In this article we present a biomimicking skeletal muscle actuator for prosthetics to overcome the issues of high operating temperatures, low contractile strain, complexity, high weight and cost, and linear output as seen with current and academic prosthetic actuators. The actuator proposed is a fuse filament fabrication (FFF) printed shape memory polymer (SMP) actuator that has nonlinear contractile and passive forces, contractile forces and strains comparable with mammalian skeletal muscle, reaction time under 1 s, low operating temperature of 70°C, and has a low mass (74.0 mg), volume (46.74 mm3), and material costs of $0.0098 per actuator. The FFF actuator is a SMP melt blend composite of polylactic acid and thermoplastic polyurethane with a mixture ratio of 7:3. The FFF actuator here has nonlinear contractile properties that have peak contractile stresses ranging from 0.58 to 0.17 MPa for 100-60% applied strains, respectively, where mammalian contraction values range from 0.1 MPa (typical/average) to 0.45 MPa (maximum). In addition, the optimal strain of 60% has a strain recovery of 29.2%, which is comparable with the 20% for typical mammalian skeletal muscle strains. The actuator material was first characterized with Fourier transform infrared spectroscopy, scanning electron microscope (SEM), and tensile testing to determine the quality of extruded filament followed by force generation and strain recovery. Lastly, the FFF actuator was tested for thermal degradation and layer adhesion with SEM and differential scanning calorimetry (DSC) testing. SEM imaging revealed that there are layer separations throughout the actuator and DSC showed thermal degradation caused by oxidation and random chain scission due to thermal cycling.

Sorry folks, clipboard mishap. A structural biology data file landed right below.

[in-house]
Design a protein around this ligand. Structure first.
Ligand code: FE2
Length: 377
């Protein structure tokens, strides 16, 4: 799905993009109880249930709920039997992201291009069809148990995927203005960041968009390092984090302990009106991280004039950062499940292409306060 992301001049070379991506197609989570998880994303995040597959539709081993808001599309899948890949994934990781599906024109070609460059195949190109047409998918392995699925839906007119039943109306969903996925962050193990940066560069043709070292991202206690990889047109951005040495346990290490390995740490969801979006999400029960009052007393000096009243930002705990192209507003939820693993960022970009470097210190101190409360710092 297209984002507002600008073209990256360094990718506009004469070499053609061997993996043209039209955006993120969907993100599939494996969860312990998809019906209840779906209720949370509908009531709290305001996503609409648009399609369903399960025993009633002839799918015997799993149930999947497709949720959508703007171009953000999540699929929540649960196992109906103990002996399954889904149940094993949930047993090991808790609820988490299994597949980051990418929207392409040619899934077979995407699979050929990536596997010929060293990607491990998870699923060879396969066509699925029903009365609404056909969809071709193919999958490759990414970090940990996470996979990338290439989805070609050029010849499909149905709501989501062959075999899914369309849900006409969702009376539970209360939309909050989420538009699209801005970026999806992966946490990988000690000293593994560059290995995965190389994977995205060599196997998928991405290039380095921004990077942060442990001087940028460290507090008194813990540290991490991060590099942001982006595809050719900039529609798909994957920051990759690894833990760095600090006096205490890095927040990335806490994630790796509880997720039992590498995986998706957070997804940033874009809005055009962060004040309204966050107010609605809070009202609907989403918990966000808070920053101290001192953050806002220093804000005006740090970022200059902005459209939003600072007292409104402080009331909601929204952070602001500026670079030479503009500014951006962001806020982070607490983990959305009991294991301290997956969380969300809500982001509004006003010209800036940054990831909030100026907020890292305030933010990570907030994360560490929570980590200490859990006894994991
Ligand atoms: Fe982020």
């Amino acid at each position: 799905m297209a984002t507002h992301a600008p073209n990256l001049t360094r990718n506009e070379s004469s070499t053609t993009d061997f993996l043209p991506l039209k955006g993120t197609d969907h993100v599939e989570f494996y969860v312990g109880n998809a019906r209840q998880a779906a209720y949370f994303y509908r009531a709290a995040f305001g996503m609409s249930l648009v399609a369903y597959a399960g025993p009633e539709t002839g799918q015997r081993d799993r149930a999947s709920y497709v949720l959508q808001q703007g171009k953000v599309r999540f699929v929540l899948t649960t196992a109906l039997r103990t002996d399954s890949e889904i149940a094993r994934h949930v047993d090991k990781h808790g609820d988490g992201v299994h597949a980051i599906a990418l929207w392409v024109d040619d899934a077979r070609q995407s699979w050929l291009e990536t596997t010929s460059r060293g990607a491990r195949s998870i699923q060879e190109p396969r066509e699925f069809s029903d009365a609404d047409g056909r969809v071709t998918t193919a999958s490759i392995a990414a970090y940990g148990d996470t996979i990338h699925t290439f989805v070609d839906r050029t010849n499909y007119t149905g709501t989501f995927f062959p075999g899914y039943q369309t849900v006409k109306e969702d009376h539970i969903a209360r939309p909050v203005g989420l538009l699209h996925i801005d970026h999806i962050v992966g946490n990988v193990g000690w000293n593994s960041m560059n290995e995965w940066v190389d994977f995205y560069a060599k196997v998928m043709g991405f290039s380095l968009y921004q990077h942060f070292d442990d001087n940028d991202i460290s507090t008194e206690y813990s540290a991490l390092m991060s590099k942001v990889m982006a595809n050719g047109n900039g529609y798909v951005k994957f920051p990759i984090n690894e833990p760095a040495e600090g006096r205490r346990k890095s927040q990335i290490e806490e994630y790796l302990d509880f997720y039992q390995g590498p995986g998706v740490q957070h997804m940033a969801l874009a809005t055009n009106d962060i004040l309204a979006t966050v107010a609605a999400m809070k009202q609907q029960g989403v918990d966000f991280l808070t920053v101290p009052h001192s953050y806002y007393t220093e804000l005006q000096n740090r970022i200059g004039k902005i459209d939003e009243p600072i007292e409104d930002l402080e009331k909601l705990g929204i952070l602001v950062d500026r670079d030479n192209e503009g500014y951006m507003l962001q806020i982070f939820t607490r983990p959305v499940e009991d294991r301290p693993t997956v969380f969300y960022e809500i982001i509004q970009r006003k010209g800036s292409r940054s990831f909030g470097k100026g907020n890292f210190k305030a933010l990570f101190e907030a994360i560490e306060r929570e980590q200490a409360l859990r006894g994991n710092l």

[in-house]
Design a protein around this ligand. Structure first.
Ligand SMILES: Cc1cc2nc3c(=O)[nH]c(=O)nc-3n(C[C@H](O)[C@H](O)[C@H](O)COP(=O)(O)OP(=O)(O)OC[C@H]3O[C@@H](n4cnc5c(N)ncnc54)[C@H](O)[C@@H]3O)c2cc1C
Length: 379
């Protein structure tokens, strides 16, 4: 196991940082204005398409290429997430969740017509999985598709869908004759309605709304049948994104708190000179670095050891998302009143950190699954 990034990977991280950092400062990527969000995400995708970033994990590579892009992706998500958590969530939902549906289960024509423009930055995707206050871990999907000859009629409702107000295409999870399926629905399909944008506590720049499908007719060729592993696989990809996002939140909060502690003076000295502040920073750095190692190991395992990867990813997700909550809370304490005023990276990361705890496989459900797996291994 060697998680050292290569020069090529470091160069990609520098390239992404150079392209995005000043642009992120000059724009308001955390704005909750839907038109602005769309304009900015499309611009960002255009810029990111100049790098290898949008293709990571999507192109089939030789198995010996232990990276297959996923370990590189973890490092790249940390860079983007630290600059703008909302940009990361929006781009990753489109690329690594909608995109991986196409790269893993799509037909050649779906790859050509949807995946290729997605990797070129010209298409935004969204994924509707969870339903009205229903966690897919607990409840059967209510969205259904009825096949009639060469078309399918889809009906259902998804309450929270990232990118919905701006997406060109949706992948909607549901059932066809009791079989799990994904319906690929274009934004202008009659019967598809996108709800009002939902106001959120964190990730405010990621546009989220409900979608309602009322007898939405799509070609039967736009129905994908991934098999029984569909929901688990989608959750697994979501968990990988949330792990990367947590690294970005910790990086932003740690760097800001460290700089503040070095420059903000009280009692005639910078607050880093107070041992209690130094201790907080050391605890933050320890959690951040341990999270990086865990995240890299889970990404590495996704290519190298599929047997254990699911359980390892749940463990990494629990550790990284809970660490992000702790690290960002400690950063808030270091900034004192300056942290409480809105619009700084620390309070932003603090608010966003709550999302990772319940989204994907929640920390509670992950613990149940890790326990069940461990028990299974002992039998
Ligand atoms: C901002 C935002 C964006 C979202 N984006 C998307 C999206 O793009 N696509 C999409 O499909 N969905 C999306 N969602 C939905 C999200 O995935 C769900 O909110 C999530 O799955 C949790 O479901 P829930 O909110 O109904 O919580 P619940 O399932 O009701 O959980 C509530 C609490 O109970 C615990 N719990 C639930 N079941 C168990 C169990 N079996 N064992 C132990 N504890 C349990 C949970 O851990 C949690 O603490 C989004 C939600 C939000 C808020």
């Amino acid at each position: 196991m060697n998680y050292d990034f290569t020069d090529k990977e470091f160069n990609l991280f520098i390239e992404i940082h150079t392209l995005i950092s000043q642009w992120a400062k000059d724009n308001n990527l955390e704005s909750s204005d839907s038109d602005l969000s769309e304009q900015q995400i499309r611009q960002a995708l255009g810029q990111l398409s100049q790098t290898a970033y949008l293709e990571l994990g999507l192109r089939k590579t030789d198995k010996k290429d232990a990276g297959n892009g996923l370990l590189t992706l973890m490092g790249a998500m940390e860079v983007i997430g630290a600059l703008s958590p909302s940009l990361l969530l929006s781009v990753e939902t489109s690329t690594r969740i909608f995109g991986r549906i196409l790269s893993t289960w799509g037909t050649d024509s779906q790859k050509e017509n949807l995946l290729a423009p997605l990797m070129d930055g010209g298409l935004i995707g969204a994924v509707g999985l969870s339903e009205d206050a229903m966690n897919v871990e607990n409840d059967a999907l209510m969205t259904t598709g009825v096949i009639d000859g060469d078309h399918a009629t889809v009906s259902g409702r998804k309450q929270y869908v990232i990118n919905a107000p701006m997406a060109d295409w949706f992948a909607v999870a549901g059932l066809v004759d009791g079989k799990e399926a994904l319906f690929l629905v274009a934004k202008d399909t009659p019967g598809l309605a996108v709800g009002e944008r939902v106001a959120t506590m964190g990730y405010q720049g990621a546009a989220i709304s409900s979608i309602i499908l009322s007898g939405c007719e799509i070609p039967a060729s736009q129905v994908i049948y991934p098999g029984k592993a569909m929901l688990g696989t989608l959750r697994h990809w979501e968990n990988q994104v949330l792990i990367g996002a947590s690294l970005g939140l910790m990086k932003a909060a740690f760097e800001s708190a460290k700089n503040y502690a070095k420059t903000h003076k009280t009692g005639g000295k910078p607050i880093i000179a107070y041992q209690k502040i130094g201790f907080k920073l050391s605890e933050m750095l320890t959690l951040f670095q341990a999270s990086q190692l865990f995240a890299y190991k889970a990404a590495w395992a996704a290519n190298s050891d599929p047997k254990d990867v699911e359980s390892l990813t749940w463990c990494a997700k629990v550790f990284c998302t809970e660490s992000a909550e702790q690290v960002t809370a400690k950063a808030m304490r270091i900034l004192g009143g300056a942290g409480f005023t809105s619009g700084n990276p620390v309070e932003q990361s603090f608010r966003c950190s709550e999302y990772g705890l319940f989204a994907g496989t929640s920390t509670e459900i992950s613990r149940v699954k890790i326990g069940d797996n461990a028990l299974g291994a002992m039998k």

Original languageEnglish (US)
Pages (from-to)201-213
Number of pages13
Journal3D Printing and Additive Manufacturing
Issue number4
StatePublished - Dec 1 2017



  • 3D printing
  • actuator
  • fused filament fabrication
  • medical devices
  • shape memory polymer

ASJC Scopus subject areas

  • Materials Science (miscellaneous)
  • Industrial and Manufacturing Engineering

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